Claire: Parallel process. So we took the corpus of two and a half million words, which were all words from our own back catalog, friends, influences, music we grew up listening to, music from the geographic regions we grew up in, and gave that to this creative technologist called Ross Goodwin, who’s a super interesting artist. He trained this algorithm called a character recurrent neural network that basically just taught itself English from only those lyrics. So it doesn’t even really know that it’s doing language; it’s doing like, one letter at a time as a symbolic piece of information. So the stuff it spits out…there’s the same kind of temperature control thing where the low temperature stuff is super repetitive, super kind of punk rock and weird, like, “I NEED I NEED I NEED I NEED I WANT I WANT I WANT I WANT STAB STAB STAB STAB”, and then the high temperature stuff is really all over the place, like fake proper nouns and all these weird new words that didn’t exist before. So it was a lot about splitting the difference between those two things, and holding pieces from high temperature and low temperature and combining them. The model also came up with the titles.

Jona: [Shows a photo of a giant stack of paper] So this is one instance of the model that we printed on dot matrix printer paper.

Holy shit!

Claire: Yeah, we just brought that into the studio.

Jona: Those are all of the lyrics, plus like, five hundred more albums worth of lyrics. So Claire sat with a highlighter just picking her bigger phrases.

Claire: So I was doing with lyrics what they were doing with instrumentation, and we’d come together like, “I have this line I really love…what melody works?” But of course, in the same ways the melodies don’t think about the body, they also don’t think about the language.

Jona: Right, so she wasn’t singing melodies like, “Oh, I’m reading this on the page, this should sound like this,” because we already had a melody, so she had to make the words work.

Claire: So it was like, smashing the words so that they fit. Forcing a word that’s two syllables to be one syllable. Pronouncing things in ways I wouldn’t have pronounced them so that they worked with the melody. A lot of weird sort of gymnastics to make it work, and a lot of, “We should cut this in half and move it apart, rearrange it.” Because obviously we couldn’t add anything.

Jona: Yeah, our rules were very strict. We could subtract, we could cut anything, but we weren’t allowed to add anything in our own minds.

And what was the track ordering process like? Because the last track does feel very fitting as a stopper.

Jona: We looked at the idea of having AI mix or sequence the record, but there’s nothing that does that.

Claire: I think at the end of the day we just did that in a very lo-fi way with Post-Its on the wall, debating the flow of it. I mean, obviously (I think) that last song is a perfect ender, so that was natural. Same process as we normally would use, just listening to it in different permutations and being like, “This feels good.”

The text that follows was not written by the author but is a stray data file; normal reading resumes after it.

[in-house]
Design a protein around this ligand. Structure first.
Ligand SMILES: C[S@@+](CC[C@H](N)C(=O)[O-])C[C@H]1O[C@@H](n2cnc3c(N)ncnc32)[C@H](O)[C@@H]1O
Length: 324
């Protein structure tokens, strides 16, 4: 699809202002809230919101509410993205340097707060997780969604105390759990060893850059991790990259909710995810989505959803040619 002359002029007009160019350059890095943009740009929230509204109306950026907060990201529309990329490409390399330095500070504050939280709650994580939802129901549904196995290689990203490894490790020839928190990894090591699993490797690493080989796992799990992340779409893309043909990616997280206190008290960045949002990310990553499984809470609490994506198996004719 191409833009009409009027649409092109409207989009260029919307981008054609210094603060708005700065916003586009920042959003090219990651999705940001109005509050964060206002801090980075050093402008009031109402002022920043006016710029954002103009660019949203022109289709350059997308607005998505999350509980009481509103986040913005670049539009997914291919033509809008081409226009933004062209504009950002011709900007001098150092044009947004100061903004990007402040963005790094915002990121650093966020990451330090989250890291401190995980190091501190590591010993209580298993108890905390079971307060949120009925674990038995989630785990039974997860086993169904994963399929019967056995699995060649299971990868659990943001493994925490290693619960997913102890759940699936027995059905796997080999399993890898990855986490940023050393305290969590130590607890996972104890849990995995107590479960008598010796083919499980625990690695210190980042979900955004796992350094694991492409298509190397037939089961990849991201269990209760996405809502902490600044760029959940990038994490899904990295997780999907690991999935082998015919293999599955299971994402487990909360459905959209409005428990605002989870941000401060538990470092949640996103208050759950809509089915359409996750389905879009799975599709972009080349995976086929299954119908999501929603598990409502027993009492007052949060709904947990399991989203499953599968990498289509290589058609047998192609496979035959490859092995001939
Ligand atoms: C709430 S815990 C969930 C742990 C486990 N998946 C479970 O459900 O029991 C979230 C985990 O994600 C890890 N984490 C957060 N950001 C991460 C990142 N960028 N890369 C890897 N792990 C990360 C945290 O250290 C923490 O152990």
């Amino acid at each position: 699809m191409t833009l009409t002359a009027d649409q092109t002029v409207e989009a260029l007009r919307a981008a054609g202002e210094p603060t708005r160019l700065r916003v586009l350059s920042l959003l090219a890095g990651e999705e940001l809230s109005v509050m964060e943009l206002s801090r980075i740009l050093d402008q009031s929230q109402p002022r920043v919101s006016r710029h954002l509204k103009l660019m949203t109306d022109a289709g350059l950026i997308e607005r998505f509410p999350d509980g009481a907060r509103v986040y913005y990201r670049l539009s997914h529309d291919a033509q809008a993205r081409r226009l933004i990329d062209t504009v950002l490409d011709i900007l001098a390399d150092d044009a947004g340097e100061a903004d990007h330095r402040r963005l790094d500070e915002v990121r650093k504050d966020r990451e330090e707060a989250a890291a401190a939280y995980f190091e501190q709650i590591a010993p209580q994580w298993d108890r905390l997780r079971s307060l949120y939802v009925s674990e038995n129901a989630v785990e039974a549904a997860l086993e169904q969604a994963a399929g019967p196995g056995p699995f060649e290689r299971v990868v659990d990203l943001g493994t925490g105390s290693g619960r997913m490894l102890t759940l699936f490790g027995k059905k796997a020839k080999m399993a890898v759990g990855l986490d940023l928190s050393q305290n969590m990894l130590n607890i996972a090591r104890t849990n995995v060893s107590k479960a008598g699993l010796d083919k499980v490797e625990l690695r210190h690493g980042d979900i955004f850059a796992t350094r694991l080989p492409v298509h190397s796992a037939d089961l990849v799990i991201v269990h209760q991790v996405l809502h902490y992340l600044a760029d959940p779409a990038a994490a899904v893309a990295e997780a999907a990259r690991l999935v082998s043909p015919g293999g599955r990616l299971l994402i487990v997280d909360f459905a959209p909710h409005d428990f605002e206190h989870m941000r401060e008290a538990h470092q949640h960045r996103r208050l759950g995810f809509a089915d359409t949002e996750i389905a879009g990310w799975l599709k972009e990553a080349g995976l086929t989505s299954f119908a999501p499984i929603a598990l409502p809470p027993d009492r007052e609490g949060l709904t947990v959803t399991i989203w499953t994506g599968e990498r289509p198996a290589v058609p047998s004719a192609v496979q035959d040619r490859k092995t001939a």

Right. Alright, and (especially at this point) you guys are really known for embracing technology and the machine. Do you ever get scared of that?

Claire: Yeah, of course. AI especially can be scary, but that’s why I think it’s important that artists and people who are not stakeholders in evil enterprises actually get in the mix, and position themselves as part of the conversation about what AI is and how it should be used. Also, we have very few metaphors as a culture for what AI is. Like, we’re still talking about 2001: A Space Odyssey, and Her and stuff, and AI isn’t a thing – it’s not an anthropomorphized thing. It’s a series of complicated little processes that have nothing to do with a personality, really. I mean, we have this fantasy of, “Oh, artificial intelligence. That must mean a machine mind.” But that’s not what the actual thing is. So I think the more we can use art as a way of providing new metaphors for what this technology is, so we can start having more conversations about what the implications of it are, I think that’s really meaningful. At least for us, I don’t think I’d have ever understood it or how it works if we hadn’t forced ourselves to work with it. I think we’ve always learned by doing, and this is kind of the ultimate manifestation of that. 

What’s the most interesting thing you learned about yourselves in this experiment?

Claire: I think we learned what our physical and creative limitations are. I mean, I’m not a virtuosic singer, but it’s very clear when you’re trying to take something that you didn’t write, that didn’t come from your body, and then perform it in a way that feels natural…same for the drums and guitar and bass and everything; you come face to face with your own boundaries. And either you say, “Okay, that’s as far as I can go,” or you try to step over them a little bit. And that’s something that we tried to do with this, is learn unlearnable parts and push ourselves in new ways.